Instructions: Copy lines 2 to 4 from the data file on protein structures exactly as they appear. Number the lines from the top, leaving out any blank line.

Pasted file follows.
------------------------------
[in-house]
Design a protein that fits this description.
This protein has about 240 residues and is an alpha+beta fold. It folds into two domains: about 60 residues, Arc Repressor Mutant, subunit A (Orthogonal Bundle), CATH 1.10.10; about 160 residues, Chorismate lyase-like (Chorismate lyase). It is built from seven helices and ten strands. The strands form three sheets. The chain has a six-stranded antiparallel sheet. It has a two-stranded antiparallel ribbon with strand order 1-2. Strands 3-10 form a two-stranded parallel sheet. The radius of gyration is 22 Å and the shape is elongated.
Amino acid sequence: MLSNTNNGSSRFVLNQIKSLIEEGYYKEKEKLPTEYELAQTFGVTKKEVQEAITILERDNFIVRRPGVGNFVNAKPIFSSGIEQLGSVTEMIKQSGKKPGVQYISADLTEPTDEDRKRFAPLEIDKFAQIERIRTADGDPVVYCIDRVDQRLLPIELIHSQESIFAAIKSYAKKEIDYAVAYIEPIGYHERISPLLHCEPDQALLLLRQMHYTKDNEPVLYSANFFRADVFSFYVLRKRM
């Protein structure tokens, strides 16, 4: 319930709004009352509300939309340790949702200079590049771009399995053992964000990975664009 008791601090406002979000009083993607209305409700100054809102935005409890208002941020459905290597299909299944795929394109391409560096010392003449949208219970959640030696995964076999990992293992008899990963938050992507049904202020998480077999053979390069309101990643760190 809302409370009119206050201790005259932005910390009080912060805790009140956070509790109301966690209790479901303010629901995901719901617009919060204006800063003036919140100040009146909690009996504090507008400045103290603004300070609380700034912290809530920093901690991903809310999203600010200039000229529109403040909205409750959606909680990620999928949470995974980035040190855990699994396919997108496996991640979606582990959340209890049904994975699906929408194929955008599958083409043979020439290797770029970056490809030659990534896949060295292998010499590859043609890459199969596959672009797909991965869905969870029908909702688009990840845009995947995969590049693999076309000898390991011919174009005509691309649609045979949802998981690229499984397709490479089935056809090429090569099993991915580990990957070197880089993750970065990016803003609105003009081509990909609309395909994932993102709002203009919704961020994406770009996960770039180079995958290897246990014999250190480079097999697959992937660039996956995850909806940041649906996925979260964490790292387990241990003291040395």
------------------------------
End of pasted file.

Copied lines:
Design a protein that fits this description.
This protein has about 240 residues and is an alpha+beta fold. It folds into two domains: about 60 residues, Arc Repressor Mutant, subunit A (Orthogonal Bundle), CATH 1.10.10; about 160 residues, Chorismate lyase-like (Chorismate lyase). It is built from seven helices and ten strands. The strands form three sheets. The chain has a six-stranded antiparallel sheet. It has a two-stranded antiparallel ribbon with strand order 1-2. Strands 3-10 form a two-stranded parallel sheet. The radius of gyration is 22 Å and the shape is elongated.
Amino acid sequence: MLSNTNNGSSRFVLNQIKSLIEEGYYKEKEKLPTEYELAQTFGVTKKEVQEAITILERDNFIVRRPGVGNFVNAKPIFSSGIEQLGSVTEMIKQSGKKPGVQYISADLTEPTDEDRKRFAPLEIDKFAQIERIRTADGDPVVYCIDRVDQRLLPIELIHSQESIFAAIKSYAKKEIDYAVAYIEPIGYHERISPLLHCEPDQALLLLRQMHYTKDNEPVLYSANFFRADVFSFYVLRKRM